On Sunday 6th October we had our first Economy Run in at least four years organised by Graeme Collie and what a superb job he did. Not only did he plan a scenic and interesting route around the north western shores of the Manukau Harbour but somehow he managed to organise blue skies, no wind, a high tide and ‘calm as a mill pond’ harbour waters. I’ve never seen the Manukau looking so magnificent.

The run started at Craigavon Park in Green Bay where the ten participating cars were weighed-in. We had the old, Harald’s 1950 180B, the new, Neil’s 2012 E350, the small, Marion’s 2000 A160, and the big, Ross’s 1974 450SEL. There was much surprise when it was found that a 1992 500SL weighed 200kg more than a 1974 450 SEL. Some say it was the occupants but I couldn’t possibly comment! The lightest car was the A160, the heaviest the 500SL. Most cars fell into the 1700 to 1900kg bracket. The purpose of weighing the cars was so that each vehicle would then produce a ‘litre per tonne per 100 km’ figure. The winner being the vehicle with the lowest calculated figure. This allowed all the cars to compete on an equal footing.

After being weighed, each car set off with a list of directions, the driver theoretically driving as frugally as possible. If the others were anything like me, they initially forgot about the ‘economy’ part of the run. It was only after four or five lead-footed accelerations out of corners or up hills that I remembered the whole point of the exercise. I tried to keep a mantra in my head for the rest of the run that was something like ‘smooth, slow, easy, gentle’. Not only did we have to drive frugally and navigate, but we also had numerous questions to answer and challenges to perform, like press-ups at French Bay. We had several members flying solo so they had their work cut out to cover all the bases.

The run took in many of the bays and beaches on the way out to Huia. We visited Wood Bay, French Bay, Titirangi and South Titirangi Beaches, all looking stunning in the perfect weather. The roads provided a stern challenge to drive economically as many were steep and winding. We stopped at the lookout overlooking Huia and Little Huia. The bush clad hills, sheer rock faces and twinkling water supply lakes providing a stunning backdrop to these little villages. All of this just 30kms from the Auckland CBD.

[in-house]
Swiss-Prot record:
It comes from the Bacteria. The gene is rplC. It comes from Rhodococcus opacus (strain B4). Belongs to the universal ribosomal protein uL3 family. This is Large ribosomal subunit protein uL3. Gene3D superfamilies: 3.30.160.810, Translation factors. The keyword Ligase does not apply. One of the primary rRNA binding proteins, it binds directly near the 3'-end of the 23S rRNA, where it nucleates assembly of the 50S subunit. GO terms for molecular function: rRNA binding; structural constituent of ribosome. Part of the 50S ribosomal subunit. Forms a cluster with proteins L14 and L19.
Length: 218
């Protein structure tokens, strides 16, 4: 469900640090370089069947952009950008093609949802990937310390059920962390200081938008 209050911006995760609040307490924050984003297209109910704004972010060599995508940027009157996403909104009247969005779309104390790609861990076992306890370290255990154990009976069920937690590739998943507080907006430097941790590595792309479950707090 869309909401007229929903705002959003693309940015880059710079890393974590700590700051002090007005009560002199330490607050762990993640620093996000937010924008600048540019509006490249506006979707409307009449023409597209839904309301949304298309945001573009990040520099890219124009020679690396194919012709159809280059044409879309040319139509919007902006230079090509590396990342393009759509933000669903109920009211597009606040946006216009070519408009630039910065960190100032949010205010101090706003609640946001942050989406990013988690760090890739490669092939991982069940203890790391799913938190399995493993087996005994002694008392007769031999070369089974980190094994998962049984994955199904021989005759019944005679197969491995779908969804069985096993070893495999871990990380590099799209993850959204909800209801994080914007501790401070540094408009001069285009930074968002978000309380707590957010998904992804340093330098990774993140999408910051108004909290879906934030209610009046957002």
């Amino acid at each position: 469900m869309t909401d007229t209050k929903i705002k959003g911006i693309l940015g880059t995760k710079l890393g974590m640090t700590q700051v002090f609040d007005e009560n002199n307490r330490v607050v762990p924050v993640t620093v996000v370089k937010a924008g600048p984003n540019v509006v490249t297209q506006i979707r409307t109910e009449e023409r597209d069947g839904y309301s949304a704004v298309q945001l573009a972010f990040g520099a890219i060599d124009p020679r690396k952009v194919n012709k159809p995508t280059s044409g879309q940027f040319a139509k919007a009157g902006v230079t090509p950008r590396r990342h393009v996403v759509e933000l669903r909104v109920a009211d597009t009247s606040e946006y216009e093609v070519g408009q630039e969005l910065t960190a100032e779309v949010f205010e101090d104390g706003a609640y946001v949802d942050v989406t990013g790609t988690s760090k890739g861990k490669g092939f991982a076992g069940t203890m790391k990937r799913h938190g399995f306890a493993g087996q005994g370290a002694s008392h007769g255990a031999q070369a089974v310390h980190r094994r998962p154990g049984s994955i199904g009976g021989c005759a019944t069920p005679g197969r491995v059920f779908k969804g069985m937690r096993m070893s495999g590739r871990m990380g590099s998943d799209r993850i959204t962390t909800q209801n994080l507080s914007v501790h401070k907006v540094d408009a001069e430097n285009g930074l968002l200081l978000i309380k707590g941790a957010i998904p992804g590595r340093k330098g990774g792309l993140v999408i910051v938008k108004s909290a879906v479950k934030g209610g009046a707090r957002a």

On the way back from Huia we stopped at Kaitarakihi Bay. For me this was the highlight of the run. I’d only heard of this beach about a year ago so I was delighted to get to see it. The beach was ample proof that the best places in New Zealand are indeed at the end of gravel roads.

We all met up at Cornwallis Beach for a picnic lunch, where we also had to answer the question ‘what was the gender of the top character on the Maori carving?’ The comment ‘men are always on top’ proved to be correct. With lunch consumed, toilet stops made and dogs exercised we all hit the road again for the last dash to the finish line at Alexandra Park. But first we had to visit Laingholm Bay and Hillsborough Bay where the final question, ‘what does the white triangle represent?’ proved problematic for some. The route then took us through some busy suburban roads where, more than once, I resorted to turning the engine off while stuck for many minutes in long lines of stationary traffic.

The Alex Bar at Alexandra Park was where we finished. Calculators were thrashed and heads were scratched before the results were in. The Quiz resulted in a draw between Greg & Barbara and Ross. Ross being declared the winner as he was flying solo and therefore had twice the work to do.

But the real question was who had the best economy? In third place was Ken & Noelene driving a 1965 230SL manual with a figure of 6.99. In second place was Bill & Teena driving a 1994 E280 auto with a figure of 6.85 and in first place Greg & Barbara driving a 1978 350SL manual with the winning figure of 6.38.

Many thanks again to Graeme for organising a great event. Thanks to Graeme’s niece Phillipa and her partner Haru for assisting Graeme with weighing at the start and calculating at the end. Also thanks to the Porsche Club for the use of their scales.

See you all at the next event where it’s out with the lightfoot and in with the leadfoot at our Grass Gymkhana, Sunday November 17th.

Greg Lokes